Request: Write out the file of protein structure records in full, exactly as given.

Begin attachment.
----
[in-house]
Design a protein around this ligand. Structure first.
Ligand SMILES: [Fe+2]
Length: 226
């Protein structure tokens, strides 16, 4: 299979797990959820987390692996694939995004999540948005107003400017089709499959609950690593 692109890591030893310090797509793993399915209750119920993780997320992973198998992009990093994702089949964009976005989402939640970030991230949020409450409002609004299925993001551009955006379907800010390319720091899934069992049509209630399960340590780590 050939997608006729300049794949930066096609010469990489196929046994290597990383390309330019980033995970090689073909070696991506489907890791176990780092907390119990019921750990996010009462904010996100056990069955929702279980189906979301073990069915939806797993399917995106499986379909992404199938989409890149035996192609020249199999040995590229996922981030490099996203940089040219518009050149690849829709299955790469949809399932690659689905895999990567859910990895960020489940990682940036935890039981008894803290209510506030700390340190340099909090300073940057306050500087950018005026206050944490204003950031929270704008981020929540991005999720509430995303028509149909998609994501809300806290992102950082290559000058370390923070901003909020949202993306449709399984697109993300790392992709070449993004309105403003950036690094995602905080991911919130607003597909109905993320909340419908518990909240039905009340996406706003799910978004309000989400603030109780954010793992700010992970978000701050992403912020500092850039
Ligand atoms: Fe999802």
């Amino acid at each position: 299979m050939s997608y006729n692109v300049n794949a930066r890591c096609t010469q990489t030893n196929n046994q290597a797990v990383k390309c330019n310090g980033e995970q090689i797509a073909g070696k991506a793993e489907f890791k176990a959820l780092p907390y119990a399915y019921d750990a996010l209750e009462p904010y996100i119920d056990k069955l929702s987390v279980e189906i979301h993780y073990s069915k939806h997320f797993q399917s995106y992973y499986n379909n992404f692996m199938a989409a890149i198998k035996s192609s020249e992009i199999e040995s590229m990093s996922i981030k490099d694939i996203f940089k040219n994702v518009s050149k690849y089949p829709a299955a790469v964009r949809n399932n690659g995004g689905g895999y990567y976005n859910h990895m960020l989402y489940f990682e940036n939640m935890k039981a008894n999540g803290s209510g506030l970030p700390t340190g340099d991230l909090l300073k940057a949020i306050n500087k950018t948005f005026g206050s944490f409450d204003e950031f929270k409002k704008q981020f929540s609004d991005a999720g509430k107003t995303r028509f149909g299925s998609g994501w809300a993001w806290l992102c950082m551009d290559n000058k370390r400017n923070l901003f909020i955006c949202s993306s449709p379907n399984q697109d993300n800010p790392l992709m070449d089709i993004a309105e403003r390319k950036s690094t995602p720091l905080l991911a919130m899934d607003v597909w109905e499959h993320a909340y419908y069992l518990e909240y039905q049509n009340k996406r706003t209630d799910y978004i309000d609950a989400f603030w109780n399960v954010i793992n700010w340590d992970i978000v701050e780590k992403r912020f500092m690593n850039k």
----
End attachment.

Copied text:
[in-house]
Design a protein around this ligand. Structure first.
Ligand SMILES: [Fe+2]
Length: 226
């Protein structure tokens, strides 16, 4: 299979797990959820987390692996694939995004999540948005107003400017089709499959609950690593 692109890591030893310090797509793993399915209750119920993780997320992973198998992009990093994702089949964009976005989402939640970030991230949020409450409002609004299925993001551009955006379907800010390319720091899934069992049509209630399960340590780590 050939997608006729300049794949930066096609010469990489196929046994290597990383390309330019980033995970090689073909070696991506489907890791176990780092907390119990019921750990996010009462904010996100056990069955929702279980189906979301073990069915939806797993399917995106499986379909992404199938989409890149035996192609020249199999040995590229996922981030490099996203940089040219518009050149690849829709299955790469949809399932690659689905895999990567859910990895960020489940990682940036935890039981008894803290209510506030700390340190340099909090300073940057306050500087950018005026206050944490204003950031929270704008981020929540991005999720509430995303028509149909998609994501809300806290992102950082290559000058370390923070901003909020949202993306449709399984697109993300790392992709070449993004309105403003950036690094995602905080991911919130607003597909109905993320909340419908518990909240039905009340996406706003799910978004309000989400603030109780954010793992700010992970978000701050992403912020500092850039
Ligand atoms: Fe999802």
């Amino acid at each position: 299979m050939s997608y006729n692109v300049n794949a930066r890591c096609t010469q990489t030893n196929n046994q290597a797990v990383k390309c330019n310090g980033e995970q090689i797509a073909g070696k991506a793993e489907f890791k176990a959820l780092p907390y119990a399915y019921d750990a996010l209750e009462p904010y996100i119920d056990k069955l929702s987390v279980e189906i979301h993780y073990s069915k939806h997320f797993q399917s995106y992973y499986n379909n992404f692996m199938a989409a890149i198998k035996s192609s020249e992009i199999e040995s590229m990093s996922i981030k490099d694939i996203f940089k040219n994702v518009s050149k690849y089949p829709a299955a790469v964009r949809n399932n690659g995004g689905g895999y990567y976005n859910h990895m960020l989402y489940f990682e940036n939640m935890k039981a008894n999540g803290s209510g506030l970030p700390t340190g340099d991230l909090l300073k940057a949020i306050n500087k950018t948005f005026g206050s944490f409450d204003e950031f929270k409002k704008q981020f929540s609004d991005a999720g509430k107003t995303r028509f149909g299925s998609g994501w809300a993001w806290l992102c950082m551009d290559n000058k370390r400017n923070l901003f909020i955006c949202s993306s449709p379907n399984q697109d993300n800010p790392l992709m070449d089709i993004a309105e403003r390319k950036s690094t995602p720091l905080l991911a919130m899934d607003v597909w109905e499959h993320a909340y419908y069992l518990e909240y039905q049509n009340k996406r706003t209630d799910y978004i309000d609950a989400f603030w109780n399960v954010i793992n700010w340590d992970i978000v701050e780590k992403r912020f500092m690593n850039k």